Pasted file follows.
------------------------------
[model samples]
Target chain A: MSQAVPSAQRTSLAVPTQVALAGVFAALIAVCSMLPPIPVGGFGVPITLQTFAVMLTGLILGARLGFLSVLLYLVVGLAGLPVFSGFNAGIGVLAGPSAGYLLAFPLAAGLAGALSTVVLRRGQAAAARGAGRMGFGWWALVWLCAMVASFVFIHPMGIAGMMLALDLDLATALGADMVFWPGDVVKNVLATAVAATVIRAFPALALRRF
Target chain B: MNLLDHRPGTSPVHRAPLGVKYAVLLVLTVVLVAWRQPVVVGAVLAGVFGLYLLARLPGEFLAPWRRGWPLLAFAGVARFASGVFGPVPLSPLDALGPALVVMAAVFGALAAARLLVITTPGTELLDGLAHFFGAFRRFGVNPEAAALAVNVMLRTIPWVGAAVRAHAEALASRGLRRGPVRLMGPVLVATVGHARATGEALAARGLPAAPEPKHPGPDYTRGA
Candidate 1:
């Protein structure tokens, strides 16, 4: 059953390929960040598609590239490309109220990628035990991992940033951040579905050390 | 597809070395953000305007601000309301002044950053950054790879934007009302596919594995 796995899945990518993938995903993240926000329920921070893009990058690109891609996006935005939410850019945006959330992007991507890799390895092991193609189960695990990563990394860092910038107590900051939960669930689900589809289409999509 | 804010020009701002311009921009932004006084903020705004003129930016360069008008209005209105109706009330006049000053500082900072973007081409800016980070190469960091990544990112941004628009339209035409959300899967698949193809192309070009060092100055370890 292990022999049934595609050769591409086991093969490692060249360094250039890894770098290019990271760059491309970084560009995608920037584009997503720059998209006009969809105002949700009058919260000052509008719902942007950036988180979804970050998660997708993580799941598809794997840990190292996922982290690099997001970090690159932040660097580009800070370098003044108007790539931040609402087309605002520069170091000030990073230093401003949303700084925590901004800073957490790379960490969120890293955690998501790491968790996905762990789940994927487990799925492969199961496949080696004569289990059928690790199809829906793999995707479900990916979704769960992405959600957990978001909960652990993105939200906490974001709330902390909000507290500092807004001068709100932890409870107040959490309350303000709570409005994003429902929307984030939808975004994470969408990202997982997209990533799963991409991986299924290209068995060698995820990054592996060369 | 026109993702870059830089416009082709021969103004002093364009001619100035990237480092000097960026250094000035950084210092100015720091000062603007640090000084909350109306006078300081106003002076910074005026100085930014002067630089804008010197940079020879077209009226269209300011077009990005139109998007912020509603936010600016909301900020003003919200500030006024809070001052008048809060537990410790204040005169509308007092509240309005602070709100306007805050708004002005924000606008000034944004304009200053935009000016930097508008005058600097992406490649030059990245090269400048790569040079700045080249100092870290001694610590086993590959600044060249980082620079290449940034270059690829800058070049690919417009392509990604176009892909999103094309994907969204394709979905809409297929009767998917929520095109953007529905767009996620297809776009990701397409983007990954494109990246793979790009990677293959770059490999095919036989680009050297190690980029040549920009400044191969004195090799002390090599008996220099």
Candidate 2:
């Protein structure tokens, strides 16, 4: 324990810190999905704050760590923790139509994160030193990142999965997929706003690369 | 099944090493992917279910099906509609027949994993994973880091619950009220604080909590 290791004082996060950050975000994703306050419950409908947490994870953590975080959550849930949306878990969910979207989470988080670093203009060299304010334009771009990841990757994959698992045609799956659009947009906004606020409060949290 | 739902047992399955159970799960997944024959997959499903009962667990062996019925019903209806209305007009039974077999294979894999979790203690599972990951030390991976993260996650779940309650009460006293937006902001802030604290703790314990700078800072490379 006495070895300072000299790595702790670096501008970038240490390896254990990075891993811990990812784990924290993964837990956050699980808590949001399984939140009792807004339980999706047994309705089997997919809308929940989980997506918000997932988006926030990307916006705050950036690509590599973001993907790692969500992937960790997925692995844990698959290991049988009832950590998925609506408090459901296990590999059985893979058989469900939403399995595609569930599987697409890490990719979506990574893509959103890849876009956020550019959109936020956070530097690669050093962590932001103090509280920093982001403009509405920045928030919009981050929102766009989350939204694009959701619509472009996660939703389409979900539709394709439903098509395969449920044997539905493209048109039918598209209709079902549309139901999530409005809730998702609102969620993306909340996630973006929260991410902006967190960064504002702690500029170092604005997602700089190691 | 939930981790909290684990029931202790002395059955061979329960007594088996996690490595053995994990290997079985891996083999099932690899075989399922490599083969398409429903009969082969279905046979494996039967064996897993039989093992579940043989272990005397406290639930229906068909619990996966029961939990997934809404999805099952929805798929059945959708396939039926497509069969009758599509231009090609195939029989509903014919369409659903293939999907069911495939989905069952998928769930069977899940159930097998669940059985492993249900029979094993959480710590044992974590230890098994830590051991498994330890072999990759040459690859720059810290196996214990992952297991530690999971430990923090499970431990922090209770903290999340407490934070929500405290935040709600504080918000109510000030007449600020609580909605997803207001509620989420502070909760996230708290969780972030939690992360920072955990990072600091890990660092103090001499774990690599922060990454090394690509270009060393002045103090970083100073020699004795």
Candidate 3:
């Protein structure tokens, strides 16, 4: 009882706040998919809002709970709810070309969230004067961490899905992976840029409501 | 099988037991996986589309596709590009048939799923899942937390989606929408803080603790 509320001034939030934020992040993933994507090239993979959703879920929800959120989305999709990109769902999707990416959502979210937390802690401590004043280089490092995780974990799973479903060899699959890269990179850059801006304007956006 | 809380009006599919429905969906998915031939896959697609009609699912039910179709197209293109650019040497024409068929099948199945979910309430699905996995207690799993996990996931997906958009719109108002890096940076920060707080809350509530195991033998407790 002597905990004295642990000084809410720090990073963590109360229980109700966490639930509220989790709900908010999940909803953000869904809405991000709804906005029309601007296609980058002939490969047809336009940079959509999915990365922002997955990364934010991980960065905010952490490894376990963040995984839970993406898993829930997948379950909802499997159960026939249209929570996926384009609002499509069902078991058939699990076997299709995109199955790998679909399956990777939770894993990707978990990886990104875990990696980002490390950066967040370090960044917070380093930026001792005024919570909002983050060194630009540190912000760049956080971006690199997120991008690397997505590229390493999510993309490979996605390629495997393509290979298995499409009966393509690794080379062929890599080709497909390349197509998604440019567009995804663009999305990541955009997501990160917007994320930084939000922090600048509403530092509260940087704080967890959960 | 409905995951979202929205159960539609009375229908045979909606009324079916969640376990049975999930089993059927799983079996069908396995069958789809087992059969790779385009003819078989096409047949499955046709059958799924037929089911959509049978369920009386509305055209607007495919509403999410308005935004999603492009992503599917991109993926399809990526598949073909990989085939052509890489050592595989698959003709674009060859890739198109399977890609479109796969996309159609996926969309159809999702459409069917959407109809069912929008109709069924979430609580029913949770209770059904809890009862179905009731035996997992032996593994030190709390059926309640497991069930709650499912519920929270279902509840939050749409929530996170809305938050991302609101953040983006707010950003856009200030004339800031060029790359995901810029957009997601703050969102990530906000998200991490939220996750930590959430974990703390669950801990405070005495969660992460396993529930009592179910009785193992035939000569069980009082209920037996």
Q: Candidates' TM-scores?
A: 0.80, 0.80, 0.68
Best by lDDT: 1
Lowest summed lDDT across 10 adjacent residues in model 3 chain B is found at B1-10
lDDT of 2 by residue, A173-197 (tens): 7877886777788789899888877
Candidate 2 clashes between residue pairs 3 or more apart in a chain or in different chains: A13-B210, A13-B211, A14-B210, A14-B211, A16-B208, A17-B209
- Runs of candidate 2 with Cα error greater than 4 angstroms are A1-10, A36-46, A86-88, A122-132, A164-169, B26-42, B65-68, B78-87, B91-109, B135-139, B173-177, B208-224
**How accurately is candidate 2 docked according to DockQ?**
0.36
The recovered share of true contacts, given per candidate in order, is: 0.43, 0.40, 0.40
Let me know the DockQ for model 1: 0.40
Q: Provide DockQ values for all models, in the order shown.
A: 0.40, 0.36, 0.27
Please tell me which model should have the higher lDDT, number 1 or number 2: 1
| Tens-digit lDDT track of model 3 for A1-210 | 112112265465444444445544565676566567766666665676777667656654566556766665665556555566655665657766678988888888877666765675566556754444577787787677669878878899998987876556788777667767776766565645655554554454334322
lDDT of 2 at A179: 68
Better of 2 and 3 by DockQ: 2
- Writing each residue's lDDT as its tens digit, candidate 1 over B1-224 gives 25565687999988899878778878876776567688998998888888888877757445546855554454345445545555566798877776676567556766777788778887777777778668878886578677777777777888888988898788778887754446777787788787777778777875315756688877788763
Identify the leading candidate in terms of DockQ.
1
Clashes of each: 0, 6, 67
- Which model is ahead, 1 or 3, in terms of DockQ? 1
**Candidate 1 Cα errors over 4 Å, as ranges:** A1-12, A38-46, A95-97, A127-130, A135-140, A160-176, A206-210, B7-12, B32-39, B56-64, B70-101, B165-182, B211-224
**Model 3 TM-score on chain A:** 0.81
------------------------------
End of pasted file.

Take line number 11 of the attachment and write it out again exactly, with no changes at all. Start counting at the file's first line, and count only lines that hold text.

A: 0.80, 0.80, 0.68